The coronavirus pandemic has reached a grim landmark, with more than two million cases confirmed worldwide.
Almost 700,000 of those cases are people diagnosed with COVID-19 in the US, according to figures compiled by Johns Hopkins University.
Spain has 170,000 and Italy has almost 160,000, with France, Germany, the UK, and China also having a high number of cases.
On Monday evening, the UK announced more than 11,000 people have died after testing positive for the disease and that there are almost 90,000 confirmed cases.
A member of the government’s scientific advice committee has warned that the UK could end up being the “worst-affected country in Europe”.
It comes as a number of European countries start to consider how best to end the restrictions placed on societies in an effort to limit the spread of the illness.
Spain allowed employees in industry and construction to return to work on Monday after a two-week shutdown closed all sectors apart from healthcare and food.
Italy, Ireland and Greece have extended their restrictions into May and the UK is expected to do the same.
The World Health Organisation has warned that restrictions should be lifted slowly to avoid a resurgence of the virus.
WHO director-general Dr Tedros Adhanom Ghebreyesus said appropriate measures should be in place before lockdowns are lifted, including “significant” capacity for tracking infections and contacts of those infected.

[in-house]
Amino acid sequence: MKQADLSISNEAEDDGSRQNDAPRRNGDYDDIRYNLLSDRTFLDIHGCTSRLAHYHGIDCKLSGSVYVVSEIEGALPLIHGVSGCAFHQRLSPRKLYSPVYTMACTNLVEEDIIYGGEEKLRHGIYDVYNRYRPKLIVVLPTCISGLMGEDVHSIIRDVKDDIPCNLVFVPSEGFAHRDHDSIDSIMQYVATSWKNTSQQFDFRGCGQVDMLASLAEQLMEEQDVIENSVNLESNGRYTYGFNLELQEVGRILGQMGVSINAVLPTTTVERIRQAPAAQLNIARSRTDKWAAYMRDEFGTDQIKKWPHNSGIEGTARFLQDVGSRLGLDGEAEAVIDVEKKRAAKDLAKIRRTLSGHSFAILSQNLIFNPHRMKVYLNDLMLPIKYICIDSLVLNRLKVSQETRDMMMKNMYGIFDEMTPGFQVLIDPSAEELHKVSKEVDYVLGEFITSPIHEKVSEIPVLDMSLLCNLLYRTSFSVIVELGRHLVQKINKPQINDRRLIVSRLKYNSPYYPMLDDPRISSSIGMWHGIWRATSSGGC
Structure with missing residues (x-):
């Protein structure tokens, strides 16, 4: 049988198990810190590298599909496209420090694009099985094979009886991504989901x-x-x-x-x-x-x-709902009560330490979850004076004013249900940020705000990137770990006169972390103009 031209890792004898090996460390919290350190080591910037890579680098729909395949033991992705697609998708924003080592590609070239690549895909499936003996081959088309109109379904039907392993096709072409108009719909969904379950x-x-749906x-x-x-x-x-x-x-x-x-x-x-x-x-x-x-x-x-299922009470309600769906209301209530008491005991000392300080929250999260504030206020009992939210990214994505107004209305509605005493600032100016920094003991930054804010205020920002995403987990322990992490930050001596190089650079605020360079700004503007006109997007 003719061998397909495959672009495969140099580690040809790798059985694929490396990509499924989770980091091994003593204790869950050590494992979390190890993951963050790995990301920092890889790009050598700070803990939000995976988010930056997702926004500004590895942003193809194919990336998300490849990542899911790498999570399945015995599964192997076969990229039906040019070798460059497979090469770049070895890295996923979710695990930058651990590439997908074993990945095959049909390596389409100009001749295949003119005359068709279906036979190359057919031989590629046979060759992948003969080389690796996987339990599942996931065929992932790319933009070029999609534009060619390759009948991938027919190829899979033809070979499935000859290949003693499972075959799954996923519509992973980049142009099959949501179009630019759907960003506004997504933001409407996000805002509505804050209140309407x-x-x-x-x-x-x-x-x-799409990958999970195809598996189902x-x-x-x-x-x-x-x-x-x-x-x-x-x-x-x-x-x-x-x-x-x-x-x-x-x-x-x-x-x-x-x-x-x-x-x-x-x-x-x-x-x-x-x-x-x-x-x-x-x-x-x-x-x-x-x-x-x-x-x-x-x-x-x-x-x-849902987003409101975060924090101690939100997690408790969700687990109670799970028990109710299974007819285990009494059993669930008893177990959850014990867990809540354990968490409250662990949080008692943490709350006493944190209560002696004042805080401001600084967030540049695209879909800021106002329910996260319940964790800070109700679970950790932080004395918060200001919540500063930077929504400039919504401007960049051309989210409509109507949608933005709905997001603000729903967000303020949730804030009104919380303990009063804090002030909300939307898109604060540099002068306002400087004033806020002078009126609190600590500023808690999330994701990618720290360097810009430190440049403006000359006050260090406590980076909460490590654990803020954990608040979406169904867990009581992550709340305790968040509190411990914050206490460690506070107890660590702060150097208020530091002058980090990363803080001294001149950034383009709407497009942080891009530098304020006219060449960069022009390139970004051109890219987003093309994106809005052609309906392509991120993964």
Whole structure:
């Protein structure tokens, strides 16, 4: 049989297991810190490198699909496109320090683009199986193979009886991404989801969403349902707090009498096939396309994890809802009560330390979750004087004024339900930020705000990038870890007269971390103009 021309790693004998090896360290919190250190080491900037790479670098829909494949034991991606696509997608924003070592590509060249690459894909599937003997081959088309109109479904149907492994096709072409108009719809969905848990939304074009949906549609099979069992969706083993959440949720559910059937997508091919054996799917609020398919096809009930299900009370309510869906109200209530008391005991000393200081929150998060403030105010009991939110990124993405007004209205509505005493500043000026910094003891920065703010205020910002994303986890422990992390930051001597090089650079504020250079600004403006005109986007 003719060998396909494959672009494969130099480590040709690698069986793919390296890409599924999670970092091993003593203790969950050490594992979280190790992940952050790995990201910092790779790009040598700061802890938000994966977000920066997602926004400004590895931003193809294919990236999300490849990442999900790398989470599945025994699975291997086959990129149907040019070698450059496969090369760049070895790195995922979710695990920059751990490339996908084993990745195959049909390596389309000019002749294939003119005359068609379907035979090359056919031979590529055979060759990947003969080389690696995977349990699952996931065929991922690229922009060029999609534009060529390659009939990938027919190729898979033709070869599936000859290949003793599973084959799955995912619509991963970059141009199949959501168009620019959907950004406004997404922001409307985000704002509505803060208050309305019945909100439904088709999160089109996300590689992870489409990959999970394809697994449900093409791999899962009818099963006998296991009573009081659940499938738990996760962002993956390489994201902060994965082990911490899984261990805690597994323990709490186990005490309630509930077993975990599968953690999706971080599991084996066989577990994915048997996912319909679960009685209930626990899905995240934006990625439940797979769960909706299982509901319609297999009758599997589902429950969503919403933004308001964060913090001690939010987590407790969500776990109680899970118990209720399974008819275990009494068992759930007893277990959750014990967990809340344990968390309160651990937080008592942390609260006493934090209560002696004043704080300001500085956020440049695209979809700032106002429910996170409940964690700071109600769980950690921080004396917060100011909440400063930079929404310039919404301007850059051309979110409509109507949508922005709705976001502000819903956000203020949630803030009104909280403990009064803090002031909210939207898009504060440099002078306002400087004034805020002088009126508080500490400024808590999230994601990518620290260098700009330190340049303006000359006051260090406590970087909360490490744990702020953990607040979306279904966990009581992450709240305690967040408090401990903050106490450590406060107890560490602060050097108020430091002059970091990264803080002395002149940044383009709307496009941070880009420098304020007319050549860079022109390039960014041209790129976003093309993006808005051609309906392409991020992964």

Speaking at a press conference on Monday, Dr Ghebreyesus said: “While COVID-19 accelerates very fast, it decelerates much more slowly.
“In other words, the way down is much slower than the way up.
“That means control measures must be lifted slowly, and with control.”
Dr Ghebreyesus added: “Our global connectedness means the risk of re-introduction and resurgence of the disease will continue.
“Ultimately, the development and delivery of a safe and effective vaccine will be needed to fully interrupt transmission.”
There is no vaccine or proven treatment for COVID-19 but there are a number of companies and countries urgently researching both.
In the UK, Foreign Secretary and acting prime minister Dominic Raab said the government does not expect to make any changes to the UK restrictions as they move into their fourth week.
The government has also not revealed any details of how it plans to bring the UK out of the “lockdown”, despite being questioned on this a number of times.